Blog>Top Five Tips for Food Photography (Instant Results)

Top Five Tips for Food Photography (Instant Results)

image of tagliatelle pasta

Amber Callender


We can all appreciate a great shot of some good food, but there’s a lot more to crafting an image than a simple point and shoot. We asked our in house photographer Mat to share his top food photography tips and tricks to get mouths watering.

Make sure the food is prepped and dressed properly

Before shooting, you’ll need to dress your food, much like you would a model. It’s all about the visual, so the focus should be on appearance rather than taste. There are a lot of industry hacks out there for creating the tastiest shots.

For the burger shot, Mat used a lighter to brown the edges of the bun and picked the prettiest looking salad leaves. He then brushed the burger with vegetable oil to give it that glisten. Remember, the food doesn’t have to be tasty, it just needs to look tasty!

Find the best angle

The angle varies depending on what you’re shooting. A plate is usually shot top down, from a birds eye view, to best showcase all the elements, whereas a burger is best shot side on to show the layers.

Choose a unique feature of the food to hone in on and highlight this using compositional techniques, such as diagonal framing or the rule of thirds.

In this image, the burger has been centred in the lower third, with the knife acting as the central anchor. Mat recommends shooting at a forty five degree angle to best show depth.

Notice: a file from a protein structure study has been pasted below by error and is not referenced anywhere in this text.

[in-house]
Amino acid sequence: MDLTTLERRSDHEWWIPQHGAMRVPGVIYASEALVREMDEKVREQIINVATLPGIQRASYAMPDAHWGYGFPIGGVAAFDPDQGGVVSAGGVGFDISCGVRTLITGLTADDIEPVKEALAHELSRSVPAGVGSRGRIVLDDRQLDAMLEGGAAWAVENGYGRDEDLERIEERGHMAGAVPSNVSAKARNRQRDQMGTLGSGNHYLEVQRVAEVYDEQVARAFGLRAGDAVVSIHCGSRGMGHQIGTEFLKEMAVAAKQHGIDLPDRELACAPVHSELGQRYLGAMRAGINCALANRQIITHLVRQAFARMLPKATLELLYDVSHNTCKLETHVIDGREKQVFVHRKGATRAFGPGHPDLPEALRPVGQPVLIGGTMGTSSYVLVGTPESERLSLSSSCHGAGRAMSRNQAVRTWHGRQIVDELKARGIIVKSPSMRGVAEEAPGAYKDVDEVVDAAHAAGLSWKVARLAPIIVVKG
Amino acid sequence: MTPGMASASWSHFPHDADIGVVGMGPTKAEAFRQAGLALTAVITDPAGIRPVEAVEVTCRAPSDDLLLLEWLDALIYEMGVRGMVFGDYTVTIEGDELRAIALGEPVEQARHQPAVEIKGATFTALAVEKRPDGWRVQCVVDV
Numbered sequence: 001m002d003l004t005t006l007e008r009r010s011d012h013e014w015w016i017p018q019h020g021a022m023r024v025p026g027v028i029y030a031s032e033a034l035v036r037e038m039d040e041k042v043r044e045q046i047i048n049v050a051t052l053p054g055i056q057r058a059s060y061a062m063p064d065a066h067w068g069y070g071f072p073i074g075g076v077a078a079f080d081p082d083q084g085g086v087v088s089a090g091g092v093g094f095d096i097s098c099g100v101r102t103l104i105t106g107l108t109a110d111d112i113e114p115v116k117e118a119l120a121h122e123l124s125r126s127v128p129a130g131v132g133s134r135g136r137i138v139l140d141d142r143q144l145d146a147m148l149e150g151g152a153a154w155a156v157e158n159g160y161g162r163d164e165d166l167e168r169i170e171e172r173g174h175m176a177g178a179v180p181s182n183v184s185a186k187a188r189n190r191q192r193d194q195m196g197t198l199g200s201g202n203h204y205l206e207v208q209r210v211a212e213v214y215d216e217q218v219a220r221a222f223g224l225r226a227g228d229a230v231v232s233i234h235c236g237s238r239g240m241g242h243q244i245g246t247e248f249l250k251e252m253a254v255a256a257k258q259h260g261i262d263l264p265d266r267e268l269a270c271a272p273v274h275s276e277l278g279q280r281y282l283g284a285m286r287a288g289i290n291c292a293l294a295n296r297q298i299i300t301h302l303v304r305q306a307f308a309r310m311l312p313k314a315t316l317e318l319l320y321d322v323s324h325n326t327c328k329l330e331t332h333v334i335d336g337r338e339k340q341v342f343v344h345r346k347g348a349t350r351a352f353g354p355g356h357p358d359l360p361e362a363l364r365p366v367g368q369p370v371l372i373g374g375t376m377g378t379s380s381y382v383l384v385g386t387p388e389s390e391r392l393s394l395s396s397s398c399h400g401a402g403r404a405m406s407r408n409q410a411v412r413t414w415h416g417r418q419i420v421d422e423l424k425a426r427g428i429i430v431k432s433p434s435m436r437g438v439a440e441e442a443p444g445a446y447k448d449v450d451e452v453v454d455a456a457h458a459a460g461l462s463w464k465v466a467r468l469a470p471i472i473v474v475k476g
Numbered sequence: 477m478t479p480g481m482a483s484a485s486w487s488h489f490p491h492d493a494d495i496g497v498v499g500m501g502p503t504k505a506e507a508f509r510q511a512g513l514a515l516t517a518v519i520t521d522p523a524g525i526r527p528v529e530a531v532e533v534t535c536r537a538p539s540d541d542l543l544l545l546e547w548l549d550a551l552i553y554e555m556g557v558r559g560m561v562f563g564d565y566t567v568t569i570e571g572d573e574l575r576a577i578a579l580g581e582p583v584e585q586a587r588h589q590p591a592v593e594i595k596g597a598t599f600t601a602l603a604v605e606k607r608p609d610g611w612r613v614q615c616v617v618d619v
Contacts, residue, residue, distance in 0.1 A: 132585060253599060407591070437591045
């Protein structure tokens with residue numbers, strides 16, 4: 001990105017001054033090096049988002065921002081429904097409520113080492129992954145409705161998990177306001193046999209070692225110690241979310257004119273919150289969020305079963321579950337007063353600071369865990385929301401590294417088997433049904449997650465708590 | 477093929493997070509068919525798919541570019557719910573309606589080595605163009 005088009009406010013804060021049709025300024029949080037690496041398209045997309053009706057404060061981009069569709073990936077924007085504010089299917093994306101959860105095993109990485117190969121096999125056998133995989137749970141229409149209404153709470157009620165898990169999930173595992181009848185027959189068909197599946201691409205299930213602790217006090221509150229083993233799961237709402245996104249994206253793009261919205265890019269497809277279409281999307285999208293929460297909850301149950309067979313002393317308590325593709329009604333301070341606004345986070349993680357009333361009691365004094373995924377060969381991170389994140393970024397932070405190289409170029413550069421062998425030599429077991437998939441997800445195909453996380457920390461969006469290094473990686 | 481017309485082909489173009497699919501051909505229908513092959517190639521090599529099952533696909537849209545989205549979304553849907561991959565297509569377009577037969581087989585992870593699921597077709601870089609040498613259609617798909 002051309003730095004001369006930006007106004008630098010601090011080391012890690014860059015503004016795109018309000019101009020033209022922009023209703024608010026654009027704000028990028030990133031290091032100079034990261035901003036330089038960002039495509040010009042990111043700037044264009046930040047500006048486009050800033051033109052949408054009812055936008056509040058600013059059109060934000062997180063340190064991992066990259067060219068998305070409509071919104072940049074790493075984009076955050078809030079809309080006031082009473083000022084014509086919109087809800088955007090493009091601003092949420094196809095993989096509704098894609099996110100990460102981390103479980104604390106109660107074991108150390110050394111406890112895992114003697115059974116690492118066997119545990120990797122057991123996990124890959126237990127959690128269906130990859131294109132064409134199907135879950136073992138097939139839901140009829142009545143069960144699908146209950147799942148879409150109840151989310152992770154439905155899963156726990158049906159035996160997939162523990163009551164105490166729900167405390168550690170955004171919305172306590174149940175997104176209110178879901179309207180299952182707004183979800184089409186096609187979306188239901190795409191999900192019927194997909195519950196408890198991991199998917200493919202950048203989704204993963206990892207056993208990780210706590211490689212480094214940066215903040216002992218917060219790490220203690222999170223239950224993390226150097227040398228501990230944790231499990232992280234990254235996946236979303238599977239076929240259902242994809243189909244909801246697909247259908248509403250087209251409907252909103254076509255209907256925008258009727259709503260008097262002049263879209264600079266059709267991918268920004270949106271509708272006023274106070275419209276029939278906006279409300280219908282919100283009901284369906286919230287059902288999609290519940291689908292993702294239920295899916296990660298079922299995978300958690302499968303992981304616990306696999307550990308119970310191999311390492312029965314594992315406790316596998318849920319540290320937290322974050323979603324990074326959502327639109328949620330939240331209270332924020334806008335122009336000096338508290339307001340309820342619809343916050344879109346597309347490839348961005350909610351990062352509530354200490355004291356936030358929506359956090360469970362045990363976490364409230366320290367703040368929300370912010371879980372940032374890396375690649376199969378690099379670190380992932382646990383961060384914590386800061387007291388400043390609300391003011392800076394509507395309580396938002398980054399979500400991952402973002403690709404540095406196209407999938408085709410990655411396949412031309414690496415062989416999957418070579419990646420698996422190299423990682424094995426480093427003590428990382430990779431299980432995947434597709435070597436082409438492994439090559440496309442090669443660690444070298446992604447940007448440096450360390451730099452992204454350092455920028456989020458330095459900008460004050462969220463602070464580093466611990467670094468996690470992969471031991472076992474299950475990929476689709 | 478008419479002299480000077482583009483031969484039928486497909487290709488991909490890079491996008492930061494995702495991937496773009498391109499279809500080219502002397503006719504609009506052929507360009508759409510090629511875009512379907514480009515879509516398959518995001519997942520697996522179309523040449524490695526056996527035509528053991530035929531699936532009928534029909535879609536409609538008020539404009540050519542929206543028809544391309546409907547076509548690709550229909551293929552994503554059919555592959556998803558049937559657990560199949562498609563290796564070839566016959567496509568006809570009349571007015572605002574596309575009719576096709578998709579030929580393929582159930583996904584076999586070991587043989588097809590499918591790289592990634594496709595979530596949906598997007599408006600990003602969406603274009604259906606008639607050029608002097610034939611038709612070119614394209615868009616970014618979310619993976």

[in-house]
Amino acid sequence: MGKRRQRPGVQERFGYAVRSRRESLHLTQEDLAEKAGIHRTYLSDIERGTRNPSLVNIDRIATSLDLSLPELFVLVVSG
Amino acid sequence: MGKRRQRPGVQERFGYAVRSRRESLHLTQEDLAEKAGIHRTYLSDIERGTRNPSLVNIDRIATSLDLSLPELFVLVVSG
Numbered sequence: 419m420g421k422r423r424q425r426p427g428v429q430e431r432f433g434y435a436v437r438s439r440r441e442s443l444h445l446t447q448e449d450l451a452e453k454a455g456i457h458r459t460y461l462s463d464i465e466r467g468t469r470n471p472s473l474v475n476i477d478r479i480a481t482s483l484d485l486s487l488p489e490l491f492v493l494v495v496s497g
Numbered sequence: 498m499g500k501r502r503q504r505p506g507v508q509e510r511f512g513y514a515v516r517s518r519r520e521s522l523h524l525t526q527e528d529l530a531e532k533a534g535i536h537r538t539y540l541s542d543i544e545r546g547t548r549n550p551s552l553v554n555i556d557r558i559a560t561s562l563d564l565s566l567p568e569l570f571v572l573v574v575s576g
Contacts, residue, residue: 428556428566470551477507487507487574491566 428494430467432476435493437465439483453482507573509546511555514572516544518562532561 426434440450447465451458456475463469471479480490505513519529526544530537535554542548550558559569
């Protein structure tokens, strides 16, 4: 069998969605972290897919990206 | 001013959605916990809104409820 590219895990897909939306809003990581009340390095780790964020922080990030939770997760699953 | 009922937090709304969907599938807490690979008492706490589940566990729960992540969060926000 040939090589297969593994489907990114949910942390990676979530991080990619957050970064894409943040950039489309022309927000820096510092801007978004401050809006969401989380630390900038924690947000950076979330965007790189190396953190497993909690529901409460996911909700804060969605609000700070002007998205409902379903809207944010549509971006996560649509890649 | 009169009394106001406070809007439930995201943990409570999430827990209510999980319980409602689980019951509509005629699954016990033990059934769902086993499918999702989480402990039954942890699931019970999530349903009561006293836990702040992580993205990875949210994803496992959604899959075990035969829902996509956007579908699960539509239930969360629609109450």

Use the right kit

This doesn’t mean using the most expensive gear, just the right gear! Let’s take a look at the best lens for food photography. A longer lens is best for showing depth of field. Mat recommends a 90 mm to 100 mm lens for food photography, though anything above 50 mm will do the job. A longer lens will allow you to focus in on one point without any distraction.

Best food photography lighting

Soft light is used to replicate natural light, whereas hard light is used to cast defined shadows. Daylight is your best friend if you don’t have access to lighting equipment.

Finding the best food photography backdrops and backgrounds does not have to be rocket-science, either! Position your subject next to a window and use black and white boards to direct the light.

Simplify your composition by limiting colour

Reduce any distracting colour from the image to ensure your subject is the main focal point. In this image, Mat has limited the background colour to grey, so the viewer focuses on the burger.

When editing your image, aim to have the white balance as true to life as possible. The subject should be the brightest point in the image.

cheeseburger on bbq fork

Keen to set up a photography-session with us? Read more about our photography services here.